The European Parliament gave its green light on Tuesday (19 November) to the new version of the EU education programme, Erasmus+. As of 2014, Erasmus will not be only accessible to students and teachers as it was, but also to apprentices, trainees, lecturers, volunteers, youth workers and even sportsmen.
MEPs from almost all political groups voted overwhelmingly in favour of the revised Erasmus, a rare occurrence in the EP.
The mobility programme will receive a 40% budget increase for the next financial period 2014-2020, a victory made even more significant by the fact that the EU budget voted this week saw a 4% decrease compared to the previous financial period.
The overall budget for Erasmus+ is €14.7 billion for the 2014-2020 period, the objective of the programme is to send four million young Europeans aged 13 to 30 to learn in another EU country.
However, austerity measures have had an impact on the programme.
Scholarships have been reduced in favour of a loan guarantee scheme for Master’s students. This system is similar to the one in the United States, where students are granted loans under more favourable conditions in order to finance their studies abroad.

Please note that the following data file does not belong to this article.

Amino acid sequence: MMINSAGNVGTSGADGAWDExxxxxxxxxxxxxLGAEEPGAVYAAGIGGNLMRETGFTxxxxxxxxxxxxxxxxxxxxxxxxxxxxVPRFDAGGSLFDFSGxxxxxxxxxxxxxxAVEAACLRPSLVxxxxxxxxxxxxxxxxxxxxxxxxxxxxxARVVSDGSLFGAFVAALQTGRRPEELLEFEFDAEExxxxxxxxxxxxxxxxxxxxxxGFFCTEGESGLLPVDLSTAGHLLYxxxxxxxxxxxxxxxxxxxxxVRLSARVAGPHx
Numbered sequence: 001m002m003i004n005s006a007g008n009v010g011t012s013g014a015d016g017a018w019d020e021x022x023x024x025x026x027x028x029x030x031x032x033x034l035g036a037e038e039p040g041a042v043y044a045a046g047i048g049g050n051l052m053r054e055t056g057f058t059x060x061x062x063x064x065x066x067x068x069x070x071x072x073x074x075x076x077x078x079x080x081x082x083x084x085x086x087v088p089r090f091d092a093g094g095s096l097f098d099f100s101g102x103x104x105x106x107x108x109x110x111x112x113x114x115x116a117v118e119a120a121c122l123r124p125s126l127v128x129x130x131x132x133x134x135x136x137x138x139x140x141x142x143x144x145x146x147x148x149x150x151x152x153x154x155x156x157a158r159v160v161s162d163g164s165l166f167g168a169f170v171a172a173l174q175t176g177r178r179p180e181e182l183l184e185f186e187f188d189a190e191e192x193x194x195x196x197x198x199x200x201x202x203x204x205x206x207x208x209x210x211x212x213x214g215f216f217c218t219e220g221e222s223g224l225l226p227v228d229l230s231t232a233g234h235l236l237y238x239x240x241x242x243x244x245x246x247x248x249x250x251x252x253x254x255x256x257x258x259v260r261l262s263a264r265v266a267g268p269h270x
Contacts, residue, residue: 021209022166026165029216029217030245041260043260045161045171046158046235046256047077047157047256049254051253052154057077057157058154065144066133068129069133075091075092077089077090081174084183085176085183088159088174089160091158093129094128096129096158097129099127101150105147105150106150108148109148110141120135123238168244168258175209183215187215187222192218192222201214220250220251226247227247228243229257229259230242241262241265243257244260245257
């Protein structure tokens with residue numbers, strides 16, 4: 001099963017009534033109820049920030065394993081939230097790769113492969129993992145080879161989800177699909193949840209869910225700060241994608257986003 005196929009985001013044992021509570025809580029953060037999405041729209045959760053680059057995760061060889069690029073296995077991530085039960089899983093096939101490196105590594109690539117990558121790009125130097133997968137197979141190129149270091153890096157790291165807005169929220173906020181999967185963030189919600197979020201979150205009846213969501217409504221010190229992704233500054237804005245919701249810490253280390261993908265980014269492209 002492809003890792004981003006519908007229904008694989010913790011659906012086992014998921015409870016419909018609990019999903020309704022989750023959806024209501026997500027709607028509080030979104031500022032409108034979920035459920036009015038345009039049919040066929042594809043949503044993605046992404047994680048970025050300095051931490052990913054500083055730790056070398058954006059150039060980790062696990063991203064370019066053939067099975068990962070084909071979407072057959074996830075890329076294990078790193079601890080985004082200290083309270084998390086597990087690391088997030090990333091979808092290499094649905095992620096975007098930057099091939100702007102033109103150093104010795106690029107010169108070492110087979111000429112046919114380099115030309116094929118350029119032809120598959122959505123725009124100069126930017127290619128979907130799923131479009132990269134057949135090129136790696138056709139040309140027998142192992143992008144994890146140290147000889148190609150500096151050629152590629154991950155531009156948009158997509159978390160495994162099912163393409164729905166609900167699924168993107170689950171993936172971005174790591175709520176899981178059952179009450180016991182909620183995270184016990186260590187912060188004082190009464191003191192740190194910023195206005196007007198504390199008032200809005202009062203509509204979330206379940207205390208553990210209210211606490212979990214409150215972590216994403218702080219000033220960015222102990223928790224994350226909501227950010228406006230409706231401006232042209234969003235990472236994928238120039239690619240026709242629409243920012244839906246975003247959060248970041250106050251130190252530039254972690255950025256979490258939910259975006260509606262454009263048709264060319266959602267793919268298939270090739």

The Erasmus exchange system has existed since 1987 and is one of the rare relatively unquestioned success stories of the European Union.
Since that time, three million young European have made use of the student exchange programme in one of the member countries, which include Iceland, Liechtenstein, Norway and Turkey, as well as the 28 member states.
Focus on apprenticeship
“There is a special focus on vocational teaching in this programme”, says Isabelle Thomas, French Socialist MEP, even though the programme is more present and more popular among university students, it will now have to gain visibility in vocational education and training.
“The money will then be allocated depending on the students’ demands”, Thomas stressed, meaning that it will be up to the governments and the states to make Erasmus+ known in technical and vocational fields.